Message edited by author 2007-05-05 11:52:26.
05/05/2007 09:30:45 AM · #9
Originally posted by MPRPRO:

Sounds like a overly self important left wing professor trying to look smart to a bunch of skulls full of mush.


While I agree with the rest of your statement, I don't think it's possible to infer the professor's political leanings from this one sentence.

There are plenty of overly self-important professors on both sides of the aisle. The political commentary seems rather gratuitous, and is irrelevant to the discussion in any case.

Thanks,
~Terry

Message edited by author 2007-05-05 10:46:32.
05/05/2007 10:33:26 AM · #10
Originally posted by Art Roflmao:

Originally posted by Gareth S.:

"My ability to recognize 'an image' neither involves nor matches necessary inference towards (its) creator. It is rather an ability which presupposes competence within society, that is socially-constructed codes of recognition"

Do people actually speak like that??


This is a kind of over the top example, but I will argue that there is a place for this kind of discourse; and that the language of many highly-specialized disciplines sounds silly outside of its natural habitat.

So while this is not a well-turned sentence, the verbosity itself is not inappropriate within the context of a discussion of media.

In terms of the assignment - it sounds like the "most important images" part came from you, not your professor; if so I would drop that requirement immediately, and look for three images that tell a story together; the three Vietnam shots are good, but what about a shot from WWII, one from Vietnam, and one from Iraq, and talk about the changing role of photojournalists in framing the public discourse on war (or whatever topic)? Or look at three photos of the same events from different sources (USA Today, The London Times, Al Jazeera). Do different sources frame differently (of course)?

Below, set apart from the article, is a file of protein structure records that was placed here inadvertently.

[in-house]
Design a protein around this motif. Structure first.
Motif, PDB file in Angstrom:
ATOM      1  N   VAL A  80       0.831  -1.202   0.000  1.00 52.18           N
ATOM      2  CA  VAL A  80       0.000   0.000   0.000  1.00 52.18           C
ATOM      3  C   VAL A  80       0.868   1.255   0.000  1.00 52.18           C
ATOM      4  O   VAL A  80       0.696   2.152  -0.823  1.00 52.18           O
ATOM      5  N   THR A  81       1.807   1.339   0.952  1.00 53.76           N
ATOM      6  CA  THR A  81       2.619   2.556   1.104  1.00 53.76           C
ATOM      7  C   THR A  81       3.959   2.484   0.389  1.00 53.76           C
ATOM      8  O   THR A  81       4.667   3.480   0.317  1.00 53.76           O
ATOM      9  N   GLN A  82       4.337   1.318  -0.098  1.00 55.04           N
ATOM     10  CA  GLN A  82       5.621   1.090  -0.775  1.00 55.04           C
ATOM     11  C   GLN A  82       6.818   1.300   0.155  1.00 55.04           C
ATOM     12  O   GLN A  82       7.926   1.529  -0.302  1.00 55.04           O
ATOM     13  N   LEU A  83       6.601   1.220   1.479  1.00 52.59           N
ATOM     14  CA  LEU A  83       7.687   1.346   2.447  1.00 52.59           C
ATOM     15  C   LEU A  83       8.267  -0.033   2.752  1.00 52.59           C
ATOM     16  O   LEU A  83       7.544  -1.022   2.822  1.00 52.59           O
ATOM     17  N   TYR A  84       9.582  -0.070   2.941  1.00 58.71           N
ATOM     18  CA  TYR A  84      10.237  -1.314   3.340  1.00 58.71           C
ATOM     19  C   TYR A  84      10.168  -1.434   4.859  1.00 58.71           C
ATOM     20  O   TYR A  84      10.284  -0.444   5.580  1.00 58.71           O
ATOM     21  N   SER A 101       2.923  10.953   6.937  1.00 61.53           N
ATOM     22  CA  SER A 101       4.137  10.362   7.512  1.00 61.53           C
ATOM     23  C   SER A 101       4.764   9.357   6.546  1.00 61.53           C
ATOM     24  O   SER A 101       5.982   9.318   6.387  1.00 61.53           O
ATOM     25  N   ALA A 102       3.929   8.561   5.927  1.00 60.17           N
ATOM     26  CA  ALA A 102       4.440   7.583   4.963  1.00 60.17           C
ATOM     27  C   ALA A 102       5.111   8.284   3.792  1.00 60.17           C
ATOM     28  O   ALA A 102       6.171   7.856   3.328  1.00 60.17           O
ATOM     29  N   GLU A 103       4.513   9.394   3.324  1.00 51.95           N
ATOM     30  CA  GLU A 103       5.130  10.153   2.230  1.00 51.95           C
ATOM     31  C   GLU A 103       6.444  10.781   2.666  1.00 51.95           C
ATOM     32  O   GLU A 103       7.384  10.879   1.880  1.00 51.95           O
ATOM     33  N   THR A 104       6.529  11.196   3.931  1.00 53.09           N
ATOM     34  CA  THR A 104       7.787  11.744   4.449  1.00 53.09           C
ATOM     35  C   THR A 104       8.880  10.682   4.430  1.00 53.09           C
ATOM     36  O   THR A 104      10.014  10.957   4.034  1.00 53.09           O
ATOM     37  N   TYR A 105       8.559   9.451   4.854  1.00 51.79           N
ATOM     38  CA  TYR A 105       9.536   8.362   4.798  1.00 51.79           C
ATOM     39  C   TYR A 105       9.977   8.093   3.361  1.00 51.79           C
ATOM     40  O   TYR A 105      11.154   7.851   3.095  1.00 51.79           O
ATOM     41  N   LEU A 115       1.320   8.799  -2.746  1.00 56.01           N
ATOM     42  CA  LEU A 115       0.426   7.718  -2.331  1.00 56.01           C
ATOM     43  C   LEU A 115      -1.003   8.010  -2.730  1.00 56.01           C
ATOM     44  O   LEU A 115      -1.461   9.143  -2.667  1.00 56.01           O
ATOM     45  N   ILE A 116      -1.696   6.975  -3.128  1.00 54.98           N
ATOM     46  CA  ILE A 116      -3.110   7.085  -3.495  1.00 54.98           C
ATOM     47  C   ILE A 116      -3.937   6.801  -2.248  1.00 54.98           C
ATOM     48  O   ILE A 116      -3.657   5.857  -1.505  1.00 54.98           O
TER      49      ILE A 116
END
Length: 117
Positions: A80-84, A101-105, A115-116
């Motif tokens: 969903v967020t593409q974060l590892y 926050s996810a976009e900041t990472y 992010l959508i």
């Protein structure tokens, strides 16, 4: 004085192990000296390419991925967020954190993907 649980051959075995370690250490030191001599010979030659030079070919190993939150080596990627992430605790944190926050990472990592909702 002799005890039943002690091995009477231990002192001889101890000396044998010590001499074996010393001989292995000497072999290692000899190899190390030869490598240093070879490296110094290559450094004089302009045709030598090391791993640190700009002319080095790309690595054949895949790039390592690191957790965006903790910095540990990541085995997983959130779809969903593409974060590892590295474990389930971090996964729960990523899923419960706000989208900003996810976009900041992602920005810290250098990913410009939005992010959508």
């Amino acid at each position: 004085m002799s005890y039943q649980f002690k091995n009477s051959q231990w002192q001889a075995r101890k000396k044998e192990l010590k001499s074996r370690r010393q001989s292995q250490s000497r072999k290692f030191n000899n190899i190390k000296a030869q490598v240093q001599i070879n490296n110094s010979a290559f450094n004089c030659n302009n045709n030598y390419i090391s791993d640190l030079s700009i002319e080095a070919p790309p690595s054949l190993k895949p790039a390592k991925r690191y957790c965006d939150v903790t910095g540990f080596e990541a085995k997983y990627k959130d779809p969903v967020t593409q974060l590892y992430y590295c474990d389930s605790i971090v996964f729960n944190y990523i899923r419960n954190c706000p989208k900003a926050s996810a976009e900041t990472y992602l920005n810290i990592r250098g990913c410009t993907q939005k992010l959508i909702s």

Just some ideas.
05/05/2007 10:46:30 AM · #11
Might not be what you're looking for but IMO this is the greatest sports photo ever taken...

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05/05/2007 12:01:47 PM · #12
I always wondered who was holding the camera...

Man first walks on the moon.
' . substr('//ginacobb.typepad.com/photos/uncategorized/first_man_on_moon_1.jpg', strrpos('//ginacobb.typepad.com/photos/uncategorized/first_man_on_moon_1.jpg', '/') + 1) . '

05/05/2007 12:28:33 PM · #13
I was looking at a book last night at the bookstore with "Time Life's 100 most important photographs" or something. There were several books with "Photographs that changed the world" theme. You could just stop in at the bookstore and thumb through a couple for ideas and inspiration.
05/05/2007 01:49:45 PM · #14
these are the three that come to mind when thinking of the most importat photojournalism photos..

' . substr('//www.asianamericans.com/TiananmenSquareJune51989.jpg', strrpos('//www.asianamericans.com/TiananmenSquareJune51989.jpg', '/') + 1) . '

tiananmen square

' . substr('//www.archives.gov/education/lessons/lincoln-memorial/images/iwo-jima-flag.gif', strrpos('//www.archives.gov/education/lessons/lincoln-memorial/images/iwo-jima-flag.gif', '/') + 1) . '

iwo jima

' . substr('//www.americaslibrary.gov/assets/aa/lange/aa_lange_power_2_e.jpg', strrpos('//www.americaslibrary.gov/assets/aa/lange/aa_lange_power_2_e.jpg', '/') + 1) . '

migrant mother
05/05/2007 02:11:53 PM · #15
never trust the mass medis which are controll by the gov
05/05/2007 02:18:32 PM · #16
' . substr('//graphics8.nytimes.com/images/2004/09/19/obituaries/eddie_vietnam.jpg', strrpos('//graphics8.nytimes.com/images/2004/09/19/obituaries/eddie_vietnam.jpg', '/') + 1) . '

The Eddie Adams shot is the first that springs to mind for me.
05/05/2007 09:13:21 PM · #17
The first picture that came to my mind was The Unknown Rebel of Tiananmen Square. I have several others, but I don't think I could get it down to a list of just three unless I absolutely had to.

Originally posted by jemison:

I always wondered who was holding the camera...

Man first walks on the moon.
' . substr('//ginacobb.typepad.com/photos/uncategorized/first_man_on_moon_1.jpg', strrpos('//ginacobb.typepad.com/photos/uncategorized/first_man_on_moon_1.jpg', '/') + 1) . '


Armstrong---there are no pictures of Armstrong on the surface of the moon (outside of reflections on Aldrin's helmet).

Message edited by author 2007-05-05 23:35:29.